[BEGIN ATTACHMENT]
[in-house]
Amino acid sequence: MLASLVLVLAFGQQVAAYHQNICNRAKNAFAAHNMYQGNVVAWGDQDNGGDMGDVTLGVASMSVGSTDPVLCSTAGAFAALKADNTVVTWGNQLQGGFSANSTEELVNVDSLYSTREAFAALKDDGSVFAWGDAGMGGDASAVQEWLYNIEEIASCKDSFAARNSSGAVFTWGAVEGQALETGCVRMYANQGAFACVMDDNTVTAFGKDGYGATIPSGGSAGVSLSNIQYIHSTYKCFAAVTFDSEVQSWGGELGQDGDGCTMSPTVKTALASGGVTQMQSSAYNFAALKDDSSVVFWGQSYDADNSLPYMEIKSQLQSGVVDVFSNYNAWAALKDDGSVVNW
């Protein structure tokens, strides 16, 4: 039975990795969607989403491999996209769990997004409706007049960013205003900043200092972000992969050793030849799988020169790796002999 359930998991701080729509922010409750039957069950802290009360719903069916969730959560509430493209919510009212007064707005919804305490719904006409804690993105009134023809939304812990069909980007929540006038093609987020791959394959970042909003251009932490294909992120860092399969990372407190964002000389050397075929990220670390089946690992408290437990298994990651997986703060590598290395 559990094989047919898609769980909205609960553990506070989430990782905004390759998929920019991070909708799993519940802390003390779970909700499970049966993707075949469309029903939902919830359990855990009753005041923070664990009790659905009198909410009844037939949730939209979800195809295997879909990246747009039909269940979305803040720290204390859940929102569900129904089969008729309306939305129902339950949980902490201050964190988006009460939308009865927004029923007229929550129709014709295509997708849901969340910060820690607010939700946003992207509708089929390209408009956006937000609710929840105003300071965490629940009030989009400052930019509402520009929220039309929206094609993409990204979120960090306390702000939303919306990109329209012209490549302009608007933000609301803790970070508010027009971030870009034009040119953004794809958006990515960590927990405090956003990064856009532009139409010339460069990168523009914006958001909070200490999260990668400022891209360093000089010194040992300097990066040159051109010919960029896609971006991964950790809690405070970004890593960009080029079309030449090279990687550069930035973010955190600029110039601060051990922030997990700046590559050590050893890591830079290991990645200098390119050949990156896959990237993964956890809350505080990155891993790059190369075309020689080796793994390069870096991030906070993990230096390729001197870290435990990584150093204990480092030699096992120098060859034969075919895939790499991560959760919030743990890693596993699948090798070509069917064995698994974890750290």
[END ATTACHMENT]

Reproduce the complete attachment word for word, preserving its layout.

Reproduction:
[in-house]
Amino acid sequence: MLASLVLVLAFGQQVAAYHQNICNRAKNAFAAHNMYQGNVVAWGDQDNGGDMGDVTLGVASMSVGSTDPVLCSTAGAFAALKADNTVVTWGNQLQGGFSANSTEELVNVDSLYSTREAFAALKDDGSVFAWGDAGMGGDASAVQEWLYNIEEIASCKDSFAARNSSGAVFTWGAVEGQALETGCVRMYANQGAFACVMDDNTVTAFGKDGYGATIPSGGSAGVSLSNIQYIHSTYKCFAAVTFDSEVQSWGGELGQDGDGCTMSPTVKTALASGGVTQMQSSAYNFAALKDDSSVVFWGQSYDADNSLPYMEIKSQLQSGVVDVFSNYNAWAALKDDGSVVNW
């Protein structure tokens, strides 16, 4: 039975990795969607989403491999996209769990997004409706007049960013205003900043200092972000992969050793030849799988020169790796002999 359930998991701080729509922010409750039957069950802290009360719903069916969730959560509430493209919510009212007064707005919804305490719904006409804690993105009134023809939304812990069909980007929540006038093609987020791959394959970042909003251009932490294909992120860092399969990372407190964002000389050397075929990220670390089946690992408290437990298994990651997986703060590598290395 559990094989047919898609769980909205609960553990506070989430990782905004390759998929920019991070909708799993519940802390003390779970909700499970049966993707075949469309029903939902919830359990855990009753005041923070664990009790659905009198909410009844037939949730939209979800195809295997879909990246747009039909269940979305803040720290204390859940929102569900129904089969008729309306939305129902339950949980902490201050964190988006009460939308009865927004029923007229929550129709014709295509997708849901969340910060820690607010939700946003992207509708089929390209408009956006937000609710929840105003300071965490629940009030989009400052930019509402520009929220039309929206094609993409990204979120960090306390702000939303919306990109329209012209490549302009608007933000609301803790970070508010027009971030870009034009040119953004794809958006990515960590927990405090956003990064856009532009139409010339460069990168523009914006958001909070200490999260990668400022891209360093000089010194040992300097990066040159051109010919960029896609971006991964950790809690405070970004890593960009080029079309030449090279990687550069930035973010955190600029110039601060051990922030997990700046590559050590050893890591830079290991990645200098390119050949990156896959990237993964956890809350505080990155891993790059190369075309020689080796793994390069870096991030906070993990230096390729001197870290435990990584150093204990480092030699096992120098060859034969075919895939790499991560959760919030743990890693596993699948090798070509069917064995698994974890750290």